Tuesday, May 27, 2008

Using find and printf

This is basic stuff but I wanted to post it so I can find it when I search for it...

How to find a file and print the name, path and date and time it was last accessed...

Change filename to be the file you want, with optional wildcards. (Use -iname for case insensitive search).

find . -name -printf "%p %AD %AH:%AM\n"

Tuesday, May 13, 2008

Batch file tip ... %~dp0

Here's a nice blog post on this...

Silly batch file tricks, redirecting stdout into an evironment variable and %~dp0

But just for my own reference the cryptic looking character sequence resolves to the path to the batchfile you are running.

So if you put the following in a batch file, no matter what directory you are in when you run it, it will print the directory the batch file is in, and do a directory listing.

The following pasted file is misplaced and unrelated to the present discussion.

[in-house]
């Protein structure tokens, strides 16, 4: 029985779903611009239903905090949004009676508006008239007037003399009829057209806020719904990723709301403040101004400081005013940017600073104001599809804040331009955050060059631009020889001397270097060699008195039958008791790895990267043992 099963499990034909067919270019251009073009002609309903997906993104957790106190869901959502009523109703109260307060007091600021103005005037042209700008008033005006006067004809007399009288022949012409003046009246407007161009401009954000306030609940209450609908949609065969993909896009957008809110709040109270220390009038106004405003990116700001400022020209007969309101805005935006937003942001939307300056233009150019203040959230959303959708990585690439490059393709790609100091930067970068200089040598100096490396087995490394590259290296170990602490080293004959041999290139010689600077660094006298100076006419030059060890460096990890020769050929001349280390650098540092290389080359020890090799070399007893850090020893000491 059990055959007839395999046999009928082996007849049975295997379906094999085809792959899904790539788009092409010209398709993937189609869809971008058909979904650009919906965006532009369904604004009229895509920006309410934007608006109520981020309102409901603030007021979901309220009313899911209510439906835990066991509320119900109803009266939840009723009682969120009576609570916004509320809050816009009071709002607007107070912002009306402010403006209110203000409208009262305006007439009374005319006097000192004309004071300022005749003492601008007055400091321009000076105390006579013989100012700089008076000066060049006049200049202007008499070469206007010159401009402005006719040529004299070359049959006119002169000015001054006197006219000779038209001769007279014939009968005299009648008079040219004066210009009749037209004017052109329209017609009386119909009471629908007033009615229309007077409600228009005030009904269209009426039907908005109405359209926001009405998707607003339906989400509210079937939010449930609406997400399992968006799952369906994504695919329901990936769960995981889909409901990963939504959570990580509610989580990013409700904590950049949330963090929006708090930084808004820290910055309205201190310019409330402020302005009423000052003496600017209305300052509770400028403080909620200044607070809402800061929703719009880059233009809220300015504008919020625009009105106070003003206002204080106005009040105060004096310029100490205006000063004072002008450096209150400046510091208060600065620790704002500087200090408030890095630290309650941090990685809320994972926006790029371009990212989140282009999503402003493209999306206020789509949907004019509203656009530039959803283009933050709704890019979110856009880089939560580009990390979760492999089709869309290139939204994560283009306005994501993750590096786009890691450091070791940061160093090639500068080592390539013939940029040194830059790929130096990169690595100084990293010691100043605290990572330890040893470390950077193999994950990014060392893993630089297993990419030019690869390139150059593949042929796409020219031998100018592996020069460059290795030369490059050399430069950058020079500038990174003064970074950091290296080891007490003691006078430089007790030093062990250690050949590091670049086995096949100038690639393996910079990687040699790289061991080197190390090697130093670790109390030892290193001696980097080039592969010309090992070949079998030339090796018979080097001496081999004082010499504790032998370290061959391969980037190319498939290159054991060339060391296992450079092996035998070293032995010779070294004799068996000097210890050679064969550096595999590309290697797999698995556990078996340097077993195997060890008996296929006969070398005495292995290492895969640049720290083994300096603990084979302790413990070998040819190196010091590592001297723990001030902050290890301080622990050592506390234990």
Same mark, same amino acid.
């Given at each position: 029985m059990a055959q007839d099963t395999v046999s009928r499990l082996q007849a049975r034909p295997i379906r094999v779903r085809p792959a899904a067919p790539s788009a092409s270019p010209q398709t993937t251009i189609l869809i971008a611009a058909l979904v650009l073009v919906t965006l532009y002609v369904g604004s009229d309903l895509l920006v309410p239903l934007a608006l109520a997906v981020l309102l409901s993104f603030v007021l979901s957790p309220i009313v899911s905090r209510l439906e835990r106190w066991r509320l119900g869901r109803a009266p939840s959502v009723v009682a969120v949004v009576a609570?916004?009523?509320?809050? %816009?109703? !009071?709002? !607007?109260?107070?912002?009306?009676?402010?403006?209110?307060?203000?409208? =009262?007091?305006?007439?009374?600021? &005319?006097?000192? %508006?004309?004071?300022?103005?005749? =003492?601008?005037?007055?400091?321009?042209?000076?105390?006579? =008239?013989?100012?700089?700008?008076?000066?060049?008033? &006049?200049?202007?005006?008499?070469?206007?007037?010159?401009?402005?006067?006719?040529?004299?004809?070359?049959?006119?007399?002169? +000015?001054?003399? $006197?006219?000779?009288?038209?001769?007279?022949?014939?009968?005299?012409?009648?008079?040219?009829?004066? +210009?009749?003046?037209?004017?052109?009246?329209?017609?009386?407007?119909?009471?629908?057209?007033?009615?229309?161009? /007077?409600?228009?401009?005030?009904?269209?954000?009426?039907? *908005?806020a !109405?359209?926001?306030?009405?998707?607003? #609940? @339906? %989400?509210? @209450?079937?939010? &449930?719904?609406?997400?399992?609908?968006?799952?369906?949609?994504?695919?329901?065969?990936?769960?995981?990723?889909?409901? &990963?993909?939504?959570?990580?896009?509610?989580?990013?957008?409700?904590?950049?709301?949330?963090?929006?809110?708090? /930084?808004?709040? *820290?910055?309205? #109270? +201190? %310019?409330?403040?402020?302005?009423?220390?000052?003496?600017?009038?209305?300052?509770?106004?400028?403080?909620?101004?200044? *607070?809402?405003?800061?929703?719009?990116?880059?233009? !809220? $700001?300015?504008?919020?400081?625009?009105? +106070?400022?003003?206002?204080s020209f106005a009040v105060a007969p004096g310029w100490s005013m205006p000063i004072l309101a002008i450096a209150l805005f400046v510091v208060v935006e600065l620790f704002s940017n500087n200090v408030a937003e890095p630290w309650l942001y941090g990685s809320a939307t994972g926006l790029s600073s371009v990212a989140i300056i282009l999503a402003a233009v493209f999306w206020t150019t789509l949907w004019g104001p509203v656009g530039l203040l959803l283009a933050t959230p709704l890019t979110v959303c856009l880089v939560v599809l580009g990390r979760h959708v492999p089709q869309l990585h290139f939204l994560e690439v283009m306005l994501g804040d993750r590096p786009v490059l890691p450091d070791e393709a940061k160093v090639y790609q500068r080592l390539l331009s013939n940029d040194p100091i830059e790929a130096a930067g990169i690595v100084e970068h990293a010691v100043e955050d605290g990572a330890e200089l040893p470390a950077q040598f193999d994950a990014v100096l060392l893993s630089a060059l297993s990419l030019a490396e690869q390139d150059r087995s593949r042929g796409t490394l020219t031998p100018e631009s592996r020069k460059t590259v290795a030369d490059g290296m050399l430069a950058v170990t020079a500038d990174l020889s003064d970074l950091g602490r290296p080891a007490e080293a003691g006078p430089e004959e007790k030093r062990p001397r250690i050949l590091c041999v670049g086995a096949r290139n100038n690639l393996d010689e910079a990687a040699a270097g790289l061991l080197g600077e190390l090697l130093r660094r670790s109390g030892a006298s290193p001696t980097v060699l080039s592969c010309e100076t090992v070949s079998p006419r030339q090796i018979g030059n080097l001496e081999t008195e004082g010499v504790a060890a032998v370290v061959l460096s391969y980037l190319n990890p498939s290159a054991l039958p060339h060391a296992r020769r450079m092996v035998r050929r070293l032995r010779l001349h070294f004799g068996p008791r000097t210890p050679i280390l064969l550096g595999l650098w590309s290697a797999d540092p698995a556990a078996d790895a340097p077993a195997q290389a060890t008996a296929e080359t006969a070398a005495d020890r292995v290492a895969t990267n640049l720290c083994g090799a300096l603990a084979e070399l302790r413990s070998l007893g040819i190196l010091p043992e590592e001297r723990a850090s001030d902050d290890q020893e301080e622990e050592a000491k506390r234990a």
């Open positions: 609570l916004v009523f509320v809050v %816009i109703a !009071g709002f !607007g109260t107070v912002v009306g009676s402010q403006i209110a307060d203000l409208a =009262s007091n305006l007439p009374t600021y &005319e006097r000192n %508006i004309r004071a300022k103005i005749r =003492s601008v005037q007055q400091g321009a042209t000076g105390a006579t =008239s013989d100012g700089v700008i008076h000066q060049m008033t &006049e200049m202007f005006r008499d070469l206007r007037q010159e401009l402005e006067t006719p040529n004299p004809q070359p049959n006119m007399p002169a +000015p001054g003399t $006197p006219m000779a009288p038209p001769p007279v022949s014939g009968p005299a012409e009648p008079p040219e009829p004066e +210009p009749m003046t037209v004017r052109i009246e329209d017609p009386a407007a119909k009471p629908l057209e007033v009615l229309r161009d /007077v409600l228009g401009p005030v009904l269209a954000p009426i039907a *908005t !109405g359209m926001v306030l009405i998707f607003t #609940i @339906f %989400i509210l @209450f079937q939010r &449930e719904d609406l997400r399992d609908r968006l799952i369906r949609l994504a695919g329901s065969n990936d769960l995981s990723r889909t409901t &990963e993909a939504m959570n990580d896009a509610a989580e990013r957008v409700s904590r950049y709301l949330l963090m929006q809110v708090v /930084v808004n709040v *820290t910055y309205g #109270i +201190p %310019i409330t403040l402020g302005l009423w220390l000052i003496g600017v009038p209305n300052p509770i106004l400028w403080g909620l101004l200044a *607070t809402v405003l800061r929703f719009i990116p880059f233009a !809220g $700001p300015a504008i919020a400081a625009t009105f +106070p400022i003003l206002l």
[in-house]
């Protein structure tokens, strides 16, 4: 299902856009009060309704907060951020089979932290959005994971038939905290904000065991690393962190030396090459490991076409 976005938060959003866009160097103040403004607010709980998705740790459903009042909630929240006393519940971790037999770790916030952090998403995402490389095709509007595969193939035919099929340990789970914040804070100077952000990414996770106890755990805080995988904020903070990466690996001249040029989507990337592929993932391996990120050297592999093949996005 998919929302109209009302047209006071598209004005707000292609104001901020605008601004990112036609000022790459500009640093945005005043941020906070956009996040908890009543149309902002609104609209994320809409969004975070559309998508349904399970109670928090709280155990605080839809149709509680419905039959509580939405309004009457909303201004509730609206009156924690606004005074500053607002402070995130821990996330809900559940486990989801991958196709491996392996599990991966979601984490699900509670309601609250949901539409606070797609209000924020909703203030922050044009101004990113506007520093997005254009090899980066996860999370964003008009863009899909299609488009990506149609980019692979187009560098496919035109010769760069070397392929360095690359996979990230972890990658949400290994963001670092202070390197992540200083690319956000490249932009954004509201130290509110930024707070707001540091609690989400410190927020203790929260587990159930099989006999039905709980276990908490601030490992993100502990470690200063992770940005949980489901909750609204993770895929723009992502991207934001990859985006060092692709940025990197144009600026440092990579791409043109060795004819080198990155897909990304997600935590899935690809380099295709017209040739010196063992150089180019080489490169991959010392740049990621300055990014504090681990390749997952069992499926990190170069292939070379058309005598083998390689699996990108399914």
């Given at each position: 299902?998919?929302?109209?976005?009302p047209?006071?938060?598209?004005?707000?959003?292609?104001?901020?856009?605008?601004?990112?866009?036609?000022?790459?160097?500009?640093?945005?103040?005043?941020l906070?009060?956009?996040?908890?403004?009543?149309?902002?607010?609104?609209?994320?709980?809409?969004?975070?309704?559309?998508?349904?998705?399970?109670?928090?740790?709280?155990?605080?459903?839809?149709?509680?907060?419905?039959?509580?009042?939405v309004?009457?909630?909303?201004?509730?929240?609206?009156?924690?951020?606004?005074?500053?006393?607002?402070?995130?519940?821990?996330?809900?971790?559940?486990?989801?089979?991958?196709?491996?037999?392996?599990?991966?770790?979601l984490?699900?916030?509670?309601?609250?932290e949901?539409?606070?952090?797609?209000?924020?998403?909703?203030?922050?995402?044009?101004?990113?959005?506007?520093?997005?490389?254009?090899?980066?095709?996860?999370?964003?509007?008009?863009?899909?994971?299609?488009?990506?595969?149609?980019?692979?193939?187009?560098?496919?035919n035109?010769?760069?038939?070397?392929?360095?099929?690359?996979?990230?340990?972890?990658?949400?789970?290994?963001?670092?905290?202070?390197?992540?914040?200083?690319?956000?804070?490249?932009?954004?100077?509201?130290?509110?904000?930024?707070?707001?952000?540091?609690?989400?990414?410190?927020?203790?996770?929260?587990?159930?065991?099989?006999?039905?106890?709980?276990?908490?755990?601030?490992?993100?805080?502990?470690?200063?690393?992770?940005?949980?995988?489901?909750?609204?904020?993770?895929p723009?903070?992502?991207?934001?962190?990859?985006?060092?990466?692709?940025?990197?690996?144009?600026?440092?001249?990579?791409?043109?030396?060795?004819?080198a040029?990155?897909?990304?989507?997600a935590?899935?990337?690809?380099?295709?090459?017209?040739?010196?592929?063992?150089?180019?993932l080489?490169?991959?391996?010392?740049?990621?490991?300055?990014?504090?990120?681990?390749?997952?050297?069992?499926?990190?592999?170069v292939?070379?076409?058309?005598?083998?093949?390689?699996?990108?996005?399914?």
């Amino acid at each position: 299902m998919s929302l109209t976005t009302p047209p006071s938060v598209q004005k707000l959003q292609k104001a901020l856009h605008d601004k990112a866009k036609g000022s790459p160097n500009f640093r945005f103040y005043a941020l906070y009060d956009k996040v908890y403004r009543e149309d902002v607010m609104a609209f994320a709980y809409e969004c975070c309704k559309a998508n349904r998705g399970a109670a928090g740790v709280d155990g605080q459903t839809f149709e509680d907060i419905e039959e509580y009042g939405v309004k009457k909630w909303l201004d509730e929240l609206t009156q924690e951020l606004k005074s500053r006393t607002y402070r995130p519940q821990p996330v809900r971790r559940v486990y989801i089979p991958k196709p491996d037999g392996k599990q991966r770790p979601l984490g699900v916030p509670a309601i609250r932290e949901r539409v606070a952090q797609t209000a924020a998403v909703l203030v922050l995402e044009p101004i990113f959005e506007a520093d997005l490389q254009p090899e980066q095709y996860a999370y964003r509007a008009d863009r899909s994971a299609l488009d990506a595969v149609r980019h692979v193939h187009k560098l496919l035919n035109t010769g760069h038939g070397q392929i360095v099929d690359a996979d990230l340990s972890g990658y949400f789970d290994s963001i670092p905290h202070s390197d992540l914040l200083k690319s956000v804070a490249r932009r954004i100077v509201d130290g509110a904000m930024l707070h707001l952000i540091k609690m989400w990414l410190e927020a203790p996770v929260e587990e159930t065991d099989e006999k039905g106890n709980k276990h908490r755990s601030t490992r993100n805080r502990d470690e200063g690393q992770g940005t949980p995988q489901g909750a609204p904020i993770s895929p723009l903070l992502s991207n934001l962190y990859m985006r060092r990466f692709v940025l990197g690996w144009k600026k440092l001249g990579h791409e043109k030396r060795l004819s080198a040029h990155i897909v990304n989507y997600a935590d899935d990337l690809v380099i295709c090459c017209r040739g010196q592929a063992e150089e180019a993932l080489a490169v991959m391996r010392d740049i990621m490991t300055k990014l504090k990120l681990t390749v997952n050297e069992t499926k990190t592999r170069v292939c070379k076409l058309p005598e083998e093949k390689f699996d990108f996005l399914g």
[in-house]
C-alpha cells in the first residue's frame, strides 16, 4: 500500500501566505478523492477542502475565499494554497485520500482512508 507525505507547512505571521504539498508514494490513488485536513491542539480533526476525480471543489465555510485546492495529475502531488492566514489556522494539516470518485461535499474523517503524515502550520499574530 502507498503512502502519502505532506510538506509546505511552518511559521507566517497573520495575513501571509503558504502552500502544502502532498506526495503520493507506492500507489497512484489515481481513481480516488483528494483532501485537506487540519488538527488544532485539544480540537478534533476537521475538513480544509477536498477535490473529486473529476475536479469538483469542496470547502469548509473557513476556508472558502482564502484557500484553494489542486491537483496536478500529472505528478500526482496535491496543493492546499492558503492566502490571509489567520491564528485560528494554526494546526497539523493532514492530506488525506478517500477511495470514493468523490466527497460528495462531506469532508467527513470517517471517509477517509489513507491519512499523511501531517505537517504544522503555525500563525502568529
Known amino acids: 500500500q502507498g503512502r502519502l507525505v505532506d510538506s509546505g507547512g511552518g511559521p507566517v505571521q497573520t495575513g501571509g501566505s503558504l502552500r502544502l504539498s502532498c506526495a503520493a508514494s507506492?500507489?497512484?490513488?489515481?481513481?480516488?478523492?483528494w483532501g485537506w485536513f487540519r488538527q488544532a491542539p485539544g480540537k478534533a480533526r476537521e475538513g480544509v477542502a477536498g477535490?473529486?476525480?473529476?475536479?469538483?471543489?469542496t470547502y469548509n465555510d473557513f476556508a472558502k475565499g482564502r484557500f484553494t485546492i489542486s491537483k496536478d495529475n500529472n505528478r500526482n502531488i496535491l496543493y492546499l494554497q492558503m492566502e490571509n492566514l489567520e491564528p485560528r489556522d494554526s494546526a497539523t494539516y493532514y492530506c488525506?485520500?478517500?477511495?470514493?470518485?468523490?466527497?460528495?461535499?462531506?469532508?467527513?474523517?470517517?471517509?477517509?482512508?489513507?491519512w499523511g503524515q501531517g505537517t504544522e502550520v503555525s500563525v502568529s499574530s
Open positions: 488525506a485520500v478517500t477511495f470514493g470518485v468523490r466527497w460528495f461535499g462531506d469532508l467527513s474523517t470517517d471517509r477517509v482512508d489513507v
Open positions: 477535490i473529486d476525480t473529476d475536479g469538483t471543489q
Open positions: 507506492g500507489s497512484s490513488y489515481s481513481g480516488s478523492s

echo Batch file path is %~dp0
dir %~dp0

Thursday, May 1, 2008

Copying characters from the line above in emacs

The BBC microcomputer had a button called COPY, which when you pressed it would copy the character on the line above the cursor. This was quite handy, and I recently was waiting for a large amount of code to link, and thought I'd have a go at implementing it.

There's not a lot to it in fact. This function just remembers the cursor position (using save-excursion) and then goes to the previous line, gets the character after the point, and finally after the save-excursion block I just insert the character.

(defun copy-char-above()
"copy the character above point into the buffer"
(let (c)
(setq c (char-after)))
(insert (char-to-string c))))

Here I just assign the function to a key...

(global-set-key [f6] 'copy-char-above)